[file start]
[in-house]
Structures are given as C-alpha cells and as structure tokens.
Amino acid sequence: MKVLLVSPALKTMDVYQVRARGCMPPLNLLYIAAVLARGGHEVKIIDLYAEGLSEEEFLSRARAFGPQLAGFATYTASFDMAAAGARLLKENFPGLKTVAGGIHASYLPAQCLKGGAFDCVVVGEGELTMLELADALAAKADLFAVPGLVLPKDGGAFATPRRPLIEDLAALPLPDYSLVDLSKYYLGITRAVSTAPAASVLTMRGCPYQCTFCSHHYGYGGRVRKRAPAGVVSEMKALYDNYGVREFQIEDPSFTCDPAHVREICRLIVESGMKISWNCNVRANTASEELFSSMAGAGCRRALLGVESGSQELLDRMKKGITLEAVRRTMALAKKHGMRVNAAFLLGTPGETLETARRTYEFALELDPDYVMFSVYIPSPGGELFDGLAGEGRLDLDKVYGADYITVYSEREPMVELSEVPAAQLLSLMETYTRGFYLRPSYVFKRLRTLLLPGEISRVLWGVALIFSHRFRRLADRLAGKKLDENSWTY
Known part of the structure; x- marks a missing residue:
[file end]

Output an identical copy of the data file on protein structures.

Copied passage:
[in-house]
Structures are given as C-alpha cells and as structure tokens.
Amino acid sequence: MKVLLVSPALKTMDVYQVRARGCMPPLNLLYIAAVLARGGHEVKIIDLYAEGLSEEEFLSRARAFGPQLAGFATYTASFDMAAAGARLLKENFPGLKTVAGGIHASYLPAQCLKGGAFDCVVVGEGELTMLELADALAAKADLFAVPGLVLPKDGGAFATPRRPLIEDLAALPLPDYSLVDLSKYYLGITRAVSTAPAASVLTMRGCPYQCTFCSHHYGYGGRVRKRAPAGVVSEMKALYDNYGVREFQIEDPSFTCDPAHVREICRLIVESGMKISWNCNVRANTASEELFSSMAGAGCRRALLGVESGSQELLDRMKKGITLEAVRRTMALAKKHGMRVNAAFLLGTPGETLETARRTYEFALELDPDYVMFSVYIPSPGGELFDGLAGEGRLDLDKVYGADYITVYSEREPMVELSEVPAAQLLSLMETYTRGFYLRPSYVFKRLRTLLLPGEISRVLWGVALIFSHRFRRLADRLAGKKLDENSWTY
Known part of the structure; x- marks a missing residue: